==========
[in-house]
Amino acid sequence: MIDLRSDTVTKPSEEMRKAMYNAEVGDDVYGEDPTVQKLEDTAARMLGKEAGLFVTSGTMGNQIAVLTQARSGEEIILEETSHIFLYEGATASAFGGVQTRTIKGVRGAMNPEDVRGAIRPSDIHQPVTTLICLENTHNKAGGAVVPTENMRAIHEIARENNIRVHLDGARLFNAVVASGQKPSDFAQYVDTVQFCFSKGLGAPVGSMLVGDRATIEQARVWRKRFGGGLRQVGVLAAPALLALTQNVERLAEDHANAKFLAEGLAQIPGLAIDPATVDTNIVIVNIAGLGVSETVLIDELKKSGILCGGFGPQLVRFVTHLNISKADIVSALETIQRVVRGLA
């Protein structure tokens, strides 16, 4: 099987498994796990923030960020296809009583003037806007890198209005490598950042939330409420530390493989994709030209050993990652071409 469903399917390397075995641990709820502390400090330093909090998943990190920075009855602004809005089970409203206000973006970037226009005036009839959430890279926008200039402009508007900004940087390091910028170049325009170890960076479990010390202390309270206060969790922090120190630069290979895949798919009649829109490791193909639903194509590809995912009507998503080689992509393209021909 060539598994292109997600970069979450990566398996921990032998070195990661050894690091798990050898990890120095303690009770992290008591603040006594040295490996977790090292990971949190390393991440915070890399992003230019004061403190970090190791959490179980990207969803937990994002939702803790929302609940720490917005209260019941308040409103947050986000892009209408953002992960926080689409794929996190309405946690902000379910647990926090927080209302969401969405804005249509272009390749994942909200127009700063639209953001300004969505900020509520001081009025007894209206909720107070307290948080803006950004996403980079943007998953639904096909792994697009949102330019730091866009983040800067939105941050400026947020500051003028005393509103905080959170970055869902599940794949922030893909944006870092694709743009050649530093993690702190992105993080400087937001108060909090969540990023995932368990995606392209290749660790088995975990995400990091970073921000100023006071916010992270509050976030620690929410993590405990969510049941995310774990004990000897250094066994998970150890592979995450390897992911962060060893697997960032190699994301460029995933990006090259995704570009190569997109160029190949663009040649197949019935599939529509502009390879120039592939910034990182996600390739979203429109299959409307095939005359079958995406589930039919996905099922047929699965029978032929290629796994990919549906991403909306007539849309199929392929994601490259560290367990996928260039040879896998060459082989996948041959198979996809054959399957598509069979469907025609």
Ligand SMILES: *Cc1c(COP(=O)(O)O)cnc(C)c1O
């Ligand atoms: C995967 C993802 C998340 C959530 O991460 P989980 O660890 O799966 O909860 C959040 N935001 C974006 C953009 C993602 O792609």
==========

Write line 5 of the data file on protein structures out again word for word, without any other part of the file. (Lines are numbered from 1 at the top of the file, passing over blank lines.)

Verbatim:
């Ligand atoms: C995967 C993802 C998340 C959530 O991460 P989980 O660890 O799966 O909860 C959040 N935001 C974006 C953009 C993602 O792609």